Would You See a Holographic Doctor?

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Imagine if instead of schlepping across town to your physician's office, spending a half-hour in the waiting room leafing through a year-old National Geographic, and spending just long enough with the doc to get a prescription, you could instead request a personal house call in the form of a hologram. Or talk to an artificial representation not only possessing your doctor's knowledge, but all the research contained in medical databases.

Well, if the “virtual care clinic,” now in the works at the University of Southern California, opens for business sometime later this year, we're going to find out.

The plan is to combine real physicians, their visual representations, and artificial intelligence into one badass caregiver, providing patients access to not only a wealth of routine and specialized information, but also to virtual doctors who don’t get cranky when you ask, “So can I, like, die from this?" Patients will transmit  information about their physical condition through body sensors.

What will this look like? Well, take a look at the videos below, where you'll see patients who want more information about their condition or treatment as they connect with electronic versions of their physicians.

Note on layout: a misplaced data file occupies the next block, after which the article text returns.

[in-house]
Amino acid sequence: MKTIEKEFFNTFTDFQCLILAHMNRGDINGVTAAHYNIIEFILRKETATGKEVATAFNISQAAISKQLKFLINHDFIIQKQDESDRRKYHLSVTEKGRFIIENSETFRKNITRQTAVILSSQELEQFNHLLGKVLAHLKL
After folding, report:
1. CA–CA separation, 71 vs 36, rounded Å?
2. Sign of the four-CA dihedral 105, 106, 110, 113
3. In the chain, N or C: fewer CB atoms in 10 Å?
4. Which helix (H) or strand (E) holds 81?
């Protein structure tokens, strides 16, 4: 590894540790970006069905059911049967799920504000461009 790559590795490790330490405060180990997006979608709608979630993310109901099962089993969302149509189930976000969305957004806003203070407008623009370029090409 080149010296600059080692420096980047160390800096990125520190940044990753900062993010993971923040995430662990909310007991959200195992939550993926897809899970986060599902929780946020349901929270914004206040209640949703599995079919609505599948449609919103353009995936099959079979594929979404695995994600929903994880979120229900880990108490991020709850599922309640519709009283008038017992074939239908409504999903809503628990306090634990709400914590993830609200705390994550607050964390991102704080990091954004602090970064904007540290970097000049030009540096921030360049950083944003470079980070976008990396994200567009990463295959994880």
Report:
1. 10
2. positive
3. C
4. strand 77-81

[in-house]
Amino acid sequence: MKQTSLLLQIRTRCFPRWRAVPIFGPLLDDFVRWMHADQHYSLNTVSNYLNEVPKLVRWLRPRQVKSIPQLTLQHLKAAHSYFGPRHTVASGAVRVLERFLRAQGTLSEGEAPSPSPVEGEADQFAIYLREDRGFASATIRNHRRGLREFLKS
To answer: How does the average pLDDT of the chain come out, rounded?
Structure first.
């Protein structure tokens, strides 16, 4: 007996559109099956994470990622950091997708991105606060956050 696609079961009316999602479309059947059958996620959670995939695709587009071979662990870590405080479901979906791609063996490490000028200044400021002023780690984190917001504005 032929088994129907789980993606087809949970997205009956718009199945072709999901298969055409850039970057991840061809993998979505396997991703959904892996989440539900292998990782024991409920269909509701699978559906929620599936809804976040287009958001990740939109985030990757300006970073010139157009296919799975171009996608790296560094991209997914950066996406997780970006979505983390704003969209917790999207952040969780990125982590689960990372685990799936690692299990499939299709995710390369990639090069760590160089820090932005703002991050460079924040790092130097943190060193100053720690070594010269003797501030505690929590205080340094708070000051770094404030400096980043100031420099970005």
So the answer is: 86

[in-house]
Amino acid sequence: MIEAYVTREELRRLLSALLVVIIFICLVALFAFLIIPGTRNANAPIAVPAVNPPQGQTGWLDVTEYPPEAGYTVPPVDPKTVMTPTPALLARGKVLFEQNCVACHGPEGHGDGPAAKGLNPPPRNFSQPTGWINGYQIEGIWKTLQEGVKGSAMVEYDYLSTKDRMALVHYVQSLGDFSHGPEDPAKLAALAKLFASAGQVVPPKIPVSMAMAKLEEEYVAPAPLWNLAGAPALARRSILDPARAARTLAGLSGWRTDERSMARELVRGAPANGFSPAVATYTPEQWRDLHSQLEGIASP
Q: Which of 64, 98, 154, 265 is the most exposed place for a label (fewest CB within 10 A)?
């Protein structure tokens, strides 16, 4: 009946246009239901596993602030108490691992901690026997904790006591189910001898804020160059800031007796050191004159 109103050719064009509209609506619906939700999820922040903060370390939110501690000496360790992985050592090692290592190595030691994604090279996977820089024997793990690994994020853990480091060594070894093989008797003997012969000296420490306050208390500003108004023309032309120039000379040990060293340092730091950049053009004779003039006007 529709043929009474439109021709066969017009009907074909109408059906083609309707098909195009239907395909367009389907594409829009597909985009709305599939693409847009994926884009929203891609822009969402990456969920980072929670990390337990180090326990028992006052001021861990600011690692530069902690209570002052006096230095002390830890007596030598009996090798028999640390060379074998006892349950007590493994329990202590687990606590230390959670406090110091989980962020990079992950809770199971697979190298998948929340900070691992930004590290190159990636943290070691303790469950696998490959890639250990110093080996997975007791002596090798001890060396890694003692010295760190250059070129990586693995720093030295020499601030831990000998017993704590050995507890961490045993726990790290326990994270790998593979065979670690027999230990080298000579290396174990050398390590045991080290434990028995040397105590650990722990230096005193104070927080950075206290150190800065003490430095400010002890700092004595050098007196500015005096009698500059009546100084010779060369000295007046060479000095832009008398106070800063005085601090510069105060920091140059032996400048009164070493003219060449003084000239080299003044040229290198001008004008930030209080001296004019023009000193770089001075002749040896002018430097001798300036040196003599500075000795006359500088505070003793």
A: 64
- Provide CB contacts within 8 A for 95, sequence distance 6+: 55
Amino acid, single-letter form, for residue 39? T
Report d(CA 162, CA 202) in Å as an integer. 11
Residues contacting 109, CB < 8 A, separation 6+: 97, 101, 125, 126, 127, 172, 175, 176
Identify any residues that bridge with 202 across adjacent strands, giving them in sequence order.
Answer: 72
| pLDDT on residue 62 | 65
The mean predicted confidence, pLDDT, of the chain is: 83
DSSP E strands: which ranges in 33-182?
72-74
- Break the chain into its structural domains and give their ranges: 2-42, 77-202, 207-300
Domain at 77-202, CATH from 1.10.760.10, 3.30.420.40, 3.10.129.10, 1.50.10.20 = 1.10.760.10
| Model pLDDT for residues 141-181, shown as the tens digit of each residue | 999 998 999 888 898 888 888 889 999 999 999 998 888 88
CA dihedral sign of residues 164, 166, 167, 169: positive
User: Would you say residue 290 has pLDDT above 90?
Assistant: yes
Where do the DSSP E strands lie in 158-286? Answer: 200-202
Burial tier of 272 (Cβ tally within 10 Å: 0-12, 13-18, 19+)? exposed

In the first demo, a video version of a real doctor asks the patient which treatment outcomes concern him the most. When he chooses “survival mortality,” the "doctor" searches its database and pulls studies of patients with a similar profile. She then reports that a new medication for his condition reduced mortality 9 percent more than an older treatment. That, coupled with a reduced risk of stroke, leads the virtual physician to recommend the newer medication.


In this demo, an avatar with a computer-generated voice gives a patient with prostate cancer the mortality rate for radical prostatectomy as compared to the rate for active surveillance.

And apparently holograms are also on the table ...

“By allowing people to access doctors on their own time, it can create an interaction that’s been missing from medicine,” said Dr. Leslie Saxon, the executive director of the University of Southern California's Center for Body Computing, which is creating the clinic in partnership with the USC Institute for Creative Technologies and Keck Medicine of USC. In addition, there are eight “foundational partners," which the clinic announced last week.

Saxon believes  this sort of remote, virtual care will become the "dominant global health care solution" because of the benefits it will provide for physicians,  patients and the bottom line.

By “virtualizing” the knowledge set of experts, she said, “we can provide access to [them] at a fraction of the cost. We can take care of more and more patients virtually and save the brick and mortar visits for those that really need it.”

Saxon also thinks enabling appointments from anywhere patients can use a smartphone will relieve many of the burdens involved in traditional encounters, including having to leave work to travel to the doctor and the inability to have all concerns addressed in a time-sensitive, sometimes intimidating environment.

Then there's the democratizing aspect.